Backstory: Minneapolis leaves a bookmark
A flagship library, opening May 20, will have a theater, a hip room for teens, and fireplaces on every floor.
Patrons will check out their own books at electronic kiosks. Visitors will be able to download iTunes and eventually movies. Teens will have their own hip reading lounge where they can bring drinks and snacks and write poetry on the walls. And the librarians won't be sitting behind desks, stamping book cards. They'll be walking around among the stacks, talking on wireless devices dubbed "Star Trek" badges.Skip to next paragraph
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When the new central library in Minneapolis opens next month, it will provide a glimpse of what the library of tomorrow will look like - and a test of whether buildings traditionally devoted to books can survive in the age of the Internet. By most accounts, the downtown facility will be one of the most innovative in the nation, combining several emerging trends in library redesign under one roof.
Much of it will be familiar: stacks of books on four floors encompassing 38 miles of shelving, all open and easily accessible. But the facility will also have elements that Andrew Carnegie, the patriarch of the modern American library movement, wouldn't recognize: digital book collections, a theater for readings and film showings, and more computers than NASA - 300 in all.
Patrons will use them for everything from global online chats to discovering how to become a US citizen.
In that sense, the new flagship of the Minneapolis Public Library (MPL) system isn't competing with the Internet, but embracing it. Like other libraries across the country, the Minneapolis facility attempts to combine the reach and unlimited access of the Web with the depth and context that comes from books and other traditional resources. Libraries today are not book repositories, if they ever were, but depots for knowledge and self-learning.
"Focus groups show that the principal asset of libraries is trust, perhaps more so in a Digital Age," says Daniel Atkins, a professor of information and computer science at the University of Michigan in Ann Arbor.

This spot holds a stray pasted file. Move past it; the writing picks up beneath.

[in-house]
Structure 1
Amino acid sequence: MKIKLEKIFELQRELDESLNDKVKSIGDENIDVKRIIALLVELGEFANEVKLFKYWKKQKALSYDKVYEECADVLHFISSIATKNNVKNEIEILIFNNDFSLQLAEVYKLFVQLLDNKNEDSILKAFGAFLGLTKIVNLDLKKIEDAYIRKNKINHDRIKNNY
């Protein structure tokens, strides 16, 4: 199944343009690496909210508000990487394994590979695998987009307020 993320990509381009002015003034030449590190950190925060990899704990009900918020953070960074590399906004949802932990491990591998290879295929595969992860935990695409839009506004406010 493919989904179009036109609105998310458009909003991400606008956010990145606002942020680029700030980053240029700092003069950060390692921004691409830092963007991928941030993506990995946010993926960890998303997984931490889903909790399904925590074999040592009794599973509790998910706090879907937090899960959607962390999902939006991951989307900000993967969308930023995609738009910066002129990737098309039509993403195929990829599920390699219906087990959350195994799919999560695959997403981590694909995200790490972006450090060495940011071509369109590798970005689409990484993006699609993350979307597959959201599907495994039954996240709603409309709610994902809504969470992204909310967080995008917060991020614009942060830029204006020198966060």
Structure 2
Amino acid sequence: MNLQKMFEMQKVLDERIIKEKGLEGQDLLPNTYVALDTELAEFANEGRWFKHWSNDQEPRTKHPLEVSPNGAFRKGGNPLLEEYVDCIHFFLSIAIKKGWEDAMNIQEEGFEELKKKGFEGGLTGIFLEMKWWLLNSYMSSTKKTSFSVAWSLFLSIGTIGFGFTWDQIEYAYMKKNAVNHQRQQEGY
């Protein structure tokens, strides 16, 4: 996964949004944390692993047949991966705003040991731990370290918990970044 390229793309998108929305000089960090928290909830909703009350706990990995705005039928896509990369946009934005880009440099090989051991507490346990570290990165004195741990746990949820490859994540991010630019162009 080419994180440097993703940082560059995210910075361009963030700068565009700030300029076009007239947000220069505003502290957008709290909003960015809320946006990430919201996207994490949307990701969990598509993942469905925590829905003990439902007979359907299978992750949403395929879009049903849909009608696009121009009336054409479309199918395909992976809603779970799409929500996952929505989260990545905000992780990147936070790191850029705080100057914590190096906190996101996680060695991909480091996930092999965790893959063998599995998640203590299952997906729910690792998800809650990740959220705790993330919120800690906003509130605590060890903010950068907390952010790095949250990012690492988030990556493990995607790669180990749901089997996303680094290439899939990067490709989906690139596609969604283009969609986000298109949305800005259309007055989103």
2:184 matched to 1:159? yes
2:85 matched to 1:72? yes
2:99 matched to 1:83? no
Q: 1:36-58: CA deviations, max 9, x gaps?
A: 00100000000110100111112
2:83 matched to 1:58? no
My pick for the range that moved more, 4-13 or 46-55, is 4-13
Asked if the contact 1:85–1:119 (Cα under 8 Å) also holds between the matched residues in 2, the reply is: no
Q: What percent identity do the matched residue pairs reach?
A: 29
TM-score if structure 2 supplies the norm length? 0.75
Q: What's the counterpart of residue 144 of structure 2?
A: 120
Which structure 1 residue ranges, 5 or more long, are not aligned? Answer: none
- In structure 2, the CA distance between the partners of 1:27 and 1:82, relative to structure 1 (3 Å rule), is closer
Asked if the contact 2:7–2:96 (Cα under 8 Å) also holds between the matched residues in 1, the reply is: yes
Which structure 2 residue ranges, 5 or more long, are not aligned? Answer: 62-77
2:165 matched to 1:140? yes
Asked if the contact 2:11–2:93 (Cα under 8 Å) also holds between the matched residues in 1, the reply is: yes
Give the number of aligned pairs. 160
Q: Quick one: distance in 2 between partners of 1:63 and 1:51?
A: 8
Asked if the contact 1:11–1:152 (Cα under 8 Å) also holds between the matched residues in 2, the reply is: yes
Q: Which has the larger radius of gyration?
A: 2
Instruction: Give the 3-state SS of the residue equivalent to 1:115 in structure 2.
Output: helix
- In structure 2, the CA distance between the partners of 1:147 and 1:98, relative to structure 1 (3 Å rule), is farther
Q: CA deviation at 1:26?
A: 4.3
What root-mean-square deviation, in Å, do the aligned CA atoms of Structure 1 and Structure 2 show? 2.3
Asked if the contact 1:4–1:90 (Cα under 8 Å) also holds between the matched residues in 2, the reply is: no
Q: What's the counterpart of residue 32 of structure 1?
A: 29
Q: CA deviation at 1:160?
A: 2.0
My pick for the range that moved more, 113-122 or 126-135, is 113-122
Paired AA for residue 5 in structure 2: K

The new downtown central library is as provocative in design as some of the changes are among the stacks. No stuffy Greek columns here. Architect Cesar Pelli has created a post-modern building that uses blond wood and steel framing with geometry-defying angles. One plane juts out obliquely from the top of the building. Eventually a planned planetarium will rise from the roof that resembles the robot R2D2.
Mr. Pelli, known for his technically advanced designs, has created a building with no interior loadbearing walls and vast amounts of glass. Many of the windows are etched with patterns designed to evoke Minnesota white birch.
On the inside, walkways bridge the sections on each floor - not unlike this city's ubiquitous skywalks - from which patrons can see into any area of the library. It feels like the architectural equivalent of a website "entry page." Open stacks fill nearly the entire library, a contrast to the previous building in which 85 percent of the collection was underground and accessed by an antiquated pneumatic tube system.
The library sits imposingly at the end of the Nicollet Mall, the famed downtown pedestrian thoroughfare. Opening officially on May 20, it was financed with $110 million in voter-approved public funds, supplemented by $15 million in private money. That Minneapolis should be building a premier library perhaps isn't surprising. It frequently ranks among the most "literate" cities in the nation. Yet, even here, funding for books is finite: The city, like many others, has faced library budget cuts in recent years.